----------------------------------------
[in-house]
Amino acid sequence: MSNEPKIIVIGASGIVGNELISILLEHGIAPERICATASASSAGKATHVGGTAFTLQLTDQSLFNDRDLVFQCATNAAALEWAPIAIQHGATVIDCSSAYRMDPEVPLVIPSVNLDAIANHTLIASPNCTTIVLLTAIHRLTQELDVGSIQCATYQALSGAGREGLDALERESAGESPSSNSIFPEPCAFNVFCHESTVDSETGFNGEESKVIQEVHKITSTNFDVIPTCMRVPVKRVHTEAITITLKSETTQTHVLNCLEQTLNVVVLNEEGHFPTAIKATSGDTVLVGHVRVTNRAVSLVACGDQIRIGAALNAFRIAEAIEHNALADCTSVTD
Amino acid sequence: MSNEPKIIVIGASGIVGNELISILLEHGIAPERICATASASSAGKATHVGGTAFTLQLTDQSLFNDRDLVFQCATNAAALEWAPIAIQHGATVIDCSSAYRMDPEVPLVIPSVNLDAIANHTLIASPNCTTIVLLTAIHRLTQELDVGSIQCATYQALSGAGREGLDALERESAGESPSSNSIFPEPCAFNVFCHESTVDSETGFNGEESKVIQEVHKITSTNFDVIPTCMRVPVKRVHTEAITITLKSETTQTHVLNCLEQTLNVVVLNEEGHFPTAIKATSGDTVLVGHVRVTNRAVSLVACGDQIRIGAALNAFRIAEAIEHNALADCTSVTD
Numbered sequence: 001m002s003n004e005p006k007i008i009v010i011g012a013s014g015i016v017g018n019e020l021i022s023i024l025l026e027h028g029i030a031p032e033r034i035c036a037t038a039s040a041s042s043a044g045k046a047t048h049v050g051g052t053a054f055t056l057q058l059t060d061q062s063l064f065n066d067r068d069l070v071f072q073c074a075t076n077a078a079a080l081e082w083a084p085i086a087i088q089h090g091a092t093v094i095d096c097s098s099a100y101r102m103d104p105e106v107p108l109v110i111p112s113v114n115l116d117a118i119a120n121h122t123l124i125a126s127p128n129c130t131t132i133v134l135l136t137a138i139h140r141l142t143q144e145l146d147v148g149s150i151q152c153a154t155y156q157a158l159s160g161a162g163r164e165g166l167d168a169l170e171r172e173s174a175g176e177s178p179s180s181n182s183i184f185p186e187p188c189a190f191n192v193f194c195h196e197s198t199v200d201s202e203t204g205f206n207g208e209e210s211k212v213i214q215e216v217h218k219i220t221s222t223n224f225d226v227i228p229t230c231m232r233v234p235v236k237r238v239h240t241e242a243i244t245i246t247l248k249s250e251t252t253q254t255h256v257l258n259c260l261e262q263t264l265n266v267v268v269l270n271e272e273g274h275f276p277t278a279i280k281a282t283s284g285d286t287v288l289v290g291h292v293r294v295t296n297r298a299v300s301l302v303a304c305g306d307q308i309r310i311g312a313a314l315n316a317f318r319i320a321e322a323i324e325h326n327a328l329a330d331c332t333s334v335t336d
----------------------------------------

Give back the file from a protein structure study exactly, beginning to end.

[in-house]
Amino acid sequence: MSNEPKIIVIGASGIVGNELISILLEHGIAPERICATASASSAGKATHVGGTAFTLQLTDQSLFNDRDLVFQCATNAAALEWAPIAIQHGATVIDCSSAYRMDPEVPLVIPSVNLDAIANHTLIASPNCTTIVLLTAIHRLTQELDVGSIQCATYQALSGAGREGLDALERESAGESPSSNSIFPEPCAFNVFCHESTVDSETGFNGEESKVIQEVHKITSTNFDVIPTCMRVPVKRVHTEAITITLKSETTQTHVLNCLEQTLNVVVLNEEGHFPTAIKATSGDTVLVGHVRVTNRAVSLVACGDQIRIGAALNAFRIAEAIEHNALADCTSVTD
Amino acid sequence: MSNEPKIIVIGASGIVGNELISILLEHGIAPERICATASASSAGKATHVGGTAFTLQLTDQSLFNDRDLVFQCATNAAALEWAPIAIQHGATVIDCSSAYRMDPEVPLVIPSVNLDAIANHTLIASPNCTTIVLLTAIHRLTQELDVGSIQCATYQALSGAGREGLDALERESAGESPSSNSIFPEPCAFNVFCHESTVDSETGFNGEESKVIQEVHKITSTNFDVIPTCMRVPVKRVHTEAITITLKSETTQTHVLNCLEQTLNVVVLNEEGHFPTAIKATSGDTVLVGHVRVTNRAVSLVACGDQIRIGAALNAFRIAEAIEHNALADCTSVTD
Numbered sequence: 001m002s003n004e005p006k007i008i009v010i011g012a013s014g015i016v017g018n019e020l021i022s023i024l025l026e027h028g029i030a031p032e033r034i035c036a037t038a039s040a041s042s043a044g045k046a047t048h049v050g051g052t053a054f055t056l057q058l059t060d061q062s063l064f065n066d067r068d069l070v071f072q073c074a075t076n077a078a079a080l081e082w083a084p085i086a087i088q089h090g091a092t093v094i095d096c097s098s099a100y101r102m103d104p105e106v107p108l109v110i111p112s113v114n115l116d117a118i119a120n121h122t123l124i125a126s127p128n129c130t131t132i133v134l135l136t137a138i139h140r141l142t143q144e145l146d147v148g149s150i151q152c153a154t155y156q157a158l159s160g161a162g163r164e165g166l167d168a169l170e171r172e173s174a175g176e177s178p179s180s181n182s183i184f185p186e187p188c189a190f191n192v193f194c195h196e197s198t199v200d201s202e203t204g205f206n207g208e209e210s211k212v213i214q215e216v217h218k219i220t221s222t223n224f225d226v227i228p229t230c231m232r233v234p235v236k237r238v239h240t241e242a243i244t245i246t247l248k249s250e251t252t253q254t255h256v257l258n259c260l261e262q263t264l265n266v267v268v269l270n271e272e273g274h275f276p277t278a279i280k281a282t283s284g285d286t287v288l289v290g291h292v293r294v295t296n297r298a299v300s301l302v303a304c305g306d307q308i309r310i311g312a313a314l315n316a317f318r319i320a321e322a323i324e325h326n327a328l329a330d331c332t333s334v335t336d